You might never have heard of Earl Jentz. Don’t feel bad.
Even if you have heard of Earl Jentz, you might not know what to think of him. You’re not alone.
Jentz has become an absolute force in the rough and tumble world of Chula Vista politics, injecting loads of money into ballot propositions (such as the one that gave the South Bay city an elected city attorney) and candidates (such as failed mayoral aspirant Steve Castaneda).
Republican Mayor Cheryl Cox has called his spending unconscionable. But those on the other side aren’t really sure what to make of him either. Scott Lewis explores the motivations and influence of the South Bay enigma.
• Lewis clearly had a long flight to the East Coast because he’s been prolific this week. He also explained why it’s important to talk about the schoobrary’s $32.5 million gap.
And political reporter Liam Dillon got involved, too, breaking down the vital numbers to follow in the schoobrary story and showing a few of the ways the city managed to keep the price tag under $185 million. (One helpful guide: It’s called “value engineering,” which is a more distinguished way of saying “cheaper materials.”) The story contained this telling quote:
“All the components that were in the original package are still there, they’re just different.”
• The latest round of Union-Tribune newsroom layoffs includes plenty of familiar bylines, including columnist Ruben Navarrette and reporters Jeff Ristine, Anne Krueger and Leslie Berestein.
What makes this round different? This is the first one done under new Editor Jeff Light. He offered up his vision for the future in this editor’s note in the paper.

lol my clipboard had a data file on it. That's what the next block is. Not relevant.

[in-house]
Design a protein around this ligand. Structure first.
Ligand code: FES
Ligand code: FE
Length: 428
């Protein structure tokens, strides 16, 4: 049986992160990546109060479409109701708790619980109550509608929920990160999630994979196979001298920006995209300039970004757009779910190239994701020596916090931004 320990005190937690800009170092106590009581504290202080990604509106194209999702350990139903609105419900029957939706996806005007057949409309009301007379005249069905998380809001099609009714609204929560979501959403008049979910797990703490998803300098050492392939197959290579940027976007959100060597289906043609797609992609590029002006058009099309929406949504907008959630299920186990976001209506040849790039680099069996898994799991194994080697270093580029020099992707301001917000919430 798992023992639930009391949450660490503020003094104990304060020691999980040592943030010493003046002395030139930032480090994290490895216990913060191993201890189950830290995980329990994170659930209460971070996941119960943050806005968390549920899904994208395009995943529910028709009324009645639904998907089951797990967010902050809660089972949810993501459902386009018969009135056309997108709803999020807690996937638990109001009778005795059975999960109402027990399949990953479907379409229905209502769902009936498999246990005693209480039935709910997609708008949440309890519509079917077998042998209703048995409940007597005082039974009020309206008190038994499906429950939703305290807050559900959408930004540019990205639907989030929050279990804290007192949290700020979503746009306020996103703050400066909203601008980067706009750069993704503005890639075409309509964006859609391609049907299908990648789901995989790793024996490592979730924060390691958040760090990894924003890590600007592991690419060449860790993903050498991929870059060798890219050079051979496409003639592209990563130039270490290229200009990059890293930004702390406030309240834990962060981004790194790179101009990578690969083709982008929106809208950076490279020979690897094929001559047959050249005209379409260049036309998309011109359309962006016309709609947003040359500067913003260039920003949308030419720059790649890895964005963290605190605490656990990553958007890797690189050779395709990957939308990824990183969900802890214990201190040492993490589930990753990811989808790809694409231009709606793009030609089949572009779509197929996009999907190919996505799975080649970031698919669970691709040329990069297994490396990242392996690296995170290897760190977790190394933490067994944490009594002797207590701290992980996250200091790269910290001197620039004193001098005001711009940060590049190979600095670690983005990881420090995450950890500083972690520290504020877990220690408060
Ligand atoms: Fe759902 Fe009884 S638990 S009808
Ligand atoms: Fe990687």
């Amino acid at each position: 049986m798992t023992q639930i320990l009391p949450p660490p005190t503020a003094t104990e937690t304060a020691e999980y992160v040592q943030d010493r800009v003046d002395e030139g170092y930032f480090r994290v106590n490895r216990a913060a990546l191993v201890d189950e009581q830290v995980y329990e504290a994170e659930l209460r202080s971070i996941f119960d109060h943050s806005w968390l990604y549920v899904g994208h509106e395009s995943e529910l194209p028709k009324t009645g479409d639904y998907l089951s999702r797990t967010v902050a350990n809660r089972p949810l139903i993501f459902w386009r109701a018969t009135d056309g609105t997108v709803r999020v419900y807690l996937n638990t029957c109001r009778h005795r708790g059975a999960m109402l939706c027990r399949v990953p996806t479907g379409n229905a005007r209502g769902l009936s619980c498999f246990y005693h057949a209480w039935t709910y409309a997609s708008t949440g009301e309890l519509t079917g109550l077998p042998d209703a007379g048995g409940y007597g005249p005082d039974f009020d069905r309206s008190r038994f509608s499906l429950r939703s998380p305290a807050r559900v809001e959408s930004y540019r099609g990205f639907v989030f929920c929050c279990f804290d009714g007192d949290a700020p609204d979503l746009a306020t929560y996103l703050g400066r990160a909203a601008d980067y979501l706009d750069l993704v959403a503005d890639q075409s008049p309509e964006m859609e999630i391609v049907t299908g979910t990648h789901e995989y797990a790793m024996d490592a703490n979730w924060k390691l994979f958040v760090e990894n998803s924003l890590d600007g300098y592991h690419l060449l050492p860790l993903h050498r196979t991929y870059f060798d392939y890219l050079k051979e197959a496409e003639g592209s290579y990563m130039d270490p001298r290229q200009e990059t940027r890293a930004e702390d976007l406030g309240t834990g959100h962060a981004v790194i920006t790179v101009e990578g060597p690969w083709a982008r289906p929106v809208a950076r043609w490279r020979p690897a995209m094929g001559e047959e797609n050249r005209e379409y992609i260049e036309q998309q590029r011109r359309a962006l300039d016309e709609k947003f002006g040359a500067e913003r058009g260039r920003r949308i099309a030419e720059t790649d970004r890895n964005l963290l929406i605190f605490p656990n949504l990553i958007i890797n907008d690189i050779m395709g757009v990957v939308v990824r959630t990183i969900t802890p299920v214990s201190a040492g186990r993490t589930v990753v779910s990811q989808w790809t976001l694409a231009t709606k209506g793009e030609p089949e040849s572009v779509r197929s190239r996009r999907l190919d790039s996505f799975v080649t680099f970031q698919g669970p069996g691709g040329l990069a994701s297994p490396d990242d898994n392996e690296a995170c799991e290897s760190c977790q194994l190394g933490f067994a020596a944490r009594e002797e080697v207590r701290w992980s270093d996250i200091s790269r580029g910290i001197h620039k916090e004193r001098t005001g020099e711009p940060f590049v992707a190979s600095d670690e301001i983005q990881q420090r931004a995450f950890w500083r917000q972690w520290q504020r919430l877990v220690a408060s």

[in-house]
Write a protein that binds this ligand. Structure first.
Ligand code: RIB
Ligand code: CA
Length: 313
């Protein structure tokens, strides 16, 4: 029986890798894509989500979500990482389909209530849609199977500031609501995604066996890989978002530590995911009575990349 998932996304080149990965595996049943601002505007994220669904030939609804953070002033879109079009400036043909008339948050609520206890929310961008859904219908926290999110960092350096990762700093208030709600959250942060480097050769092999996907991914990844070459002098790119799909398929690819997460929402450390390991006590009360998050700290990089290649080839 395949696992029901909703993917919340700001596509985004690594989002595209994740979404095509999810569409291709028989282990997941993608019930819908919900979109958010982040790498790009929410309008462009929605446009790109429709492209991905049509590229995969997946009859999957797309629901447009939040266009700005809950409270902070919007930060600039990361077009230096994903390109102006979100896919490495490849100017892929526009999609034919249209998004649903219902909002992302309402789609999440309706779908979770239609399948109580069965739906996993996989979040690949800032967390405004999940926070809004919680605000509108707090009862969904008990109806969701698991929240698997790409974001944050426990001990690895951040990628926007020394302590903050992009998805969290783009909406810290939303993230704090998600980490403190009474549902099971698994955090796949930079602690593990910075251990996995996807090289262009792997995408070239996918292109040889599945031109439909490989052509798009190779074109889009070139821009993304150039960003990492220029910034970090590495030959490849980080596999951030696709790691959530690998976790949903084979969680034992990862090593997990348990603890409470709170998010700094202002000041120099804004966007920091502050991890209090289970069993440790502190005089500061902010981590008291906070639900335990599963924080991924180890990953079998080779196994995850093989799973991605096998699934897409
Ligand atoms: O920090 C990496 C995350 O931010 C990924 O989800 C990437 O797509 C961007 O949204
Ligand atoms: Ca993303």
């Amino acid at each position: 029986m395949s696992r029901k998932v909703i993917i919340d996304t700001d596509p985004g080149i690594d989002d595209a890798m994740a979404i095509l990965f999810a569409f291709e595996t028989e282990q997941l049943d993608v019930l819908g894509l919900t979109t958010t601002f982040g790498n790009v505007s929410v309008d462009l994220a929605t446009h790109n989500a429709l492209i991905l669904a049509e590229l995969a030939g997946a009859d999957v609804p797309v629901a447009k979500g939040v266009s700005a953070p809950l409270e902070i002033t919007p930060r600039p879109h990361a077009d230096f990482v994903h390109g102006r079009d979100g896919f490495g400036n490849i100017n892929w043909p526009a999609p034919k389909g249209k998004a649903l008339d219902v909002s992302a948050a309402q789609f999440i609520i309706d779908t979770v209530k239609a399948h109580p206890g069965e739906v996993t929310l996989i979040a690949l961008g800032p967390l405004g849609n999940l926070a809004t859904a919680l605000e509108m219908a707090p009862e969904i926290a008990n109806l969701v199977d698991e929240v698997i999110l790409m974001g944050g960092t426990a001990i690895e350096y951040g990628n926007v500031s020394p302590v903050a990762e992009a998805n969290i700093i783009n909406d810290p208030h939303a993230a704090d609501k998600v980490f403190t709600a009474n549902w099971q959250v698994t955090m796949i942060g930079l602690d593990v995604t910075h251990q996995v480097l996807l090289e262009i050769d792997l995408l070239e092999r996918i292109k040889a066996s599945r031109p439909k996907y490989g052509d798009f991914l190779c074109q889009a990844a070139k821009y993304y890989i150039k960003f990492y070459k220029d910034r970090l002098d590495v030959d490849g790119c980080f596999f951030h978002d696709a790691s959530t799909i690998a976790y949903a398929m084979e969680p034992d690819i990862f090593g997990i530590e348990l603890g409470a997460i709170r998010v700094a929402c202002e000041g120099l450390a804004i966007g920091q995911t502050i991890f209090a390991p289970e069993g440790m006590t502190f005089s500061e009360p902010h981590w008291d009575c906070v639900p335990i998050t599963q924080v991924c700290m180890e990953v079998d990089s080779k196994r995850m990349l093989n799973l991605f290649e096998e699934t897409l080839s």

• Fred West is getting a divorce — from his house.
West is underwater and walking away, and we’re telling his story as he goes through it.
• City Councilman Carl DeMaio is rarely silent.
But it’s all crickets on the question of whether his new ballot initiative repeals the city’s five-year-old living wage ordinance, which requires city contractors to pay above a certain wage.
Nearly everyone else who’s looked at the measure thinks it does.
The councilman wasn’t quiet yesterday overall though. DeMaio and City Councilwoman Marti Emerald had a legendary throw down on KPBS’ These Days.
• Rich Toscano is back with a new graph. The verdict: Foreclosures are still piling up.
• The county pension system’s attempts to create a nonprofit and avoid salary caps for its investment employees faces two big hurdles.
• Medical marijuana advocates are complaining about a proposed fee of up to $20,000 the county of San Diego may levy on dispensaries in addition to what the North County Times is describing today as a “lengthy list of requirements that include disclosing the addresses of pot providers.”
Check out our San Diego Explained video for the lowdown on the whole medical marijuana conundrum.
• Former San Diego City Attorney Mike Aguirre had some success suing former advisors and lawyers who worked with the city and its pension system, but the U-T reminds us today he failed in his attempt to roll back hundreds of millions of dollars worth of benefit enhancements for city workers. The paper writes that, on the contrary, a different approach from current City Attorney Jan Goldsmith has had more success though modest. But will it stick?
The U-T is also reporting that SDG&E still plans to cut power to backcountry residents and businesses if winds pick up during fire season.
• First the Copley family sold its smaller newspapers. Then they sold the flagship, the Union-Tribune.
Now, the storied Copley collection of historical Americana artifacts is on the block.
Some of the highlights: An early edition of the Declaration of Independence, an unfinished Mark Twain manuscript and the very chair where Abraham Lincoln sat as he learned he would be president.
Historical pieces of Americana, indeed.
In related news, my family’s collection of velvet Elvis paintings and rusty tin Coca Cola signs have just been sold to TJI Friday’s.
— ANDREW DONOHUE